ICYMI: SpaceX is hiking up prices for launch, satellite internet, and end user terminals, the company told customers Tuesday (H/T CNBC). The increases are certain to have cascading ripple effects across the space industry, while also affecting the ~250,000 consumers/businesses that use Starlink.
The fine text
Starlink: The broadband-via-megaconstellation service bumped up the cost of initial hardware to $599, a 20% jump. Customers that have already put a deposit down for terminals now owe $549. The monthly internet subscription has also gone up 11% to $110 (vs. the original $99/mo rate).
- The company unveiled a premium, B2B-focused internet service last month that included better hardware and faster internet speeds.
- That service, which has since been rebranded Starlink Business, costs $2500 for hardware and $500 per month for internet service. Those prices, originally lofty, remain unchanged.
Rideshares: The going rate for a spot aboard one of SpaceX’s Falcon 9 rideshares has been $1M for payloads up to 200kg and $5,000/kg above that. The new rates are $1.1M for the first 200kg and $5,500/kg afterwards.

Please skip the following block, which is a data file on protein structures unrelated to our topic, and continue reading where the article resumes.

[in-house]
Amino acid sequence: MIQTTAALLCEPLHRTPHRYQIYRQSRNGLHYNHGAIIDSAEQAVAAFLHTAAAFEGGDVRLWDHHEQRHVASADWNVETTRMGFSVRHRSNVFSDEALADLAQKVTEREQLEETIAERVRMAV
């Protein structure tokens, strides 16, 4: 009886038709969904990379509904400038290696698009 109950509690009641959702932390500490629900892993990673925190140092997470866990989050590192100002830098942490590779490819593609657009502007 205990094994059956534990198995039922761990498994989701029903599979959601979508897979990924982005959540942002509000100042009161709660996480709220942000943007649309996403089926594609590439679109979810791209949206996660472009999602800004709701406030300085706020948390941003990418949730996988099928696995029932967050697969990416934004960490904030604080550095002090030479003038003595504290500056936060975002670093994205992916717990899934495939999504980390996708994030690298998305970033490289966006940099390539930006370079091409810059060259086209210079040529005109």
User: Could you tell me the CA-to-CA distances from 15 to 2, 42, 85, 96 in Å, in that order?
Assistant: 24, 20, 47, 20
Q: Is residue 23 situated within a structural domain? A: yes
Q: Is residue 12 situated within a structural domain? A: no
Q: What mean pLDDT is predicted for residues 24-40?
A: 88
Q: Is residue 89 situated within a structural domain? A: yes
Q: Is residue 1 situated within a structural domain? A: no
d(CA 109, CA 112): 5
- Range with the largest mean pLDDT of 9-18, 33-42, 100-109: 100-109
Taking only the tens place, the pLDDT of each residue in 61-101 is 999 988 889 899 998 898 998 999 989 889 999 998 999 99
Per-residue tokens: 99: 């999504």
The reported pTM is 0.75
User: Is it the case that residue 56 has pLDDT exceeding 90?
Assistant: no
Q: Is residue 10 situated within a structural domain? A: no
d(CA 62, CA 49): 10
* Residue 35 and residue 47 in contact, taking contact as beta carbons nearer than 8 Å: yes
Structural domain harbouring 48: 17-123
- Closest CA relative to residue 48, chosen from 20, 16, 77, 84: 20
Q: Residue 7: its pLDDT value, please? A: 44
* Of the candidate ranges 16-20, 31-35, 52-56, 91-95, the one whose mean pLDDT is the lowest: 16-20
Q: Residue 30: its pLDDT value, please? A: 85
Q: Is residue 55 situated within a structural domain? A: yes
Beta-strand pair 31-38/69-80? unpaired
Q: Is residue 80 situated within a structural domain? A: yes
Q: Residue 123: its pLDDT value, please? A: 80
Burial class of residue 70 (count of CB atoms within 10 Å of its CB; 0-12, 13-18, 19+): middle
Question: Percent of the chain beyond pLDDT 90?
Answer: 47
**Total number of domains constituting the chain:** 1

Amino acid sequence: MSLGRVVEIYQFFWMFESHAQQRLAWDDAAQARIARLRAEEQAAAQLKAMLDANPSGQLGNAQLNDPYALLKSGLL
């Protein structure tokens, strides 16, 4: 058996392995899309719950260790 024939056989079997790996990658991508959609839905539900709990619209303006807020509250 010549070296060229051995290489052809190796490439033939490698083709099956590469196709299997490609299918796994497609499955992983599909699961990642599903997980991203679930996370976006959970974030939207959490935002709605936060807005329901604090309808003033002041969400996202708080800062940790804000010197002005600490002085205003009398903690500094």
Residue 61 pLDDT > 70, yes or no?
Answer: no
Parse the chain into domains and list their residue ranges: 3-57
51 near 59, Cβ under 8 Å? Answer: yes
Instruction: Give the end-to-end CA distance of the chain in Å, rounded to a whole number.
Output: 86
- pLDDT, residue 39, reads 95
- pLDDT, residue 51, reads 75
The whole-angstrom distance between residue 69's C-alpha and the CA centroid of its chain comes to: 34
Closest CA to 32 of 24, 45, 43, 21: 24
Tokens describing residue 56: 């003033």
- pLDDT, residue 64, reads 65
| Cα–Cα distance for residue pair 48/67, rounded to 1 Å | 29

Dedicated launch: A graphic on SpaceX’s website now advertises $67M for a dedicated Falcon 9 launch and $97M for a Falcon Heavy launch. The prices were previously $62M for Falcon 9 and $90M for Falcon Heavy, which represents an ~8% bump for each rocket.
The upshot: Elon Musk has been singing the inflation blues on Twitter recently. He said March 13 that both his EV and space exploration ventures have seen “significant recent inflation pressure in raw materials & logistics.” In customer-facing materials, SpaceX pinned the price hikes entirely on inflation.
SpaceX remains the cheapest and most frequent launch option for its customers, and likely won’t be seeing much change in its demand. Companies hoping to launch satellites on SpaceX rideshares or procure launches will bear the brunt of the impact.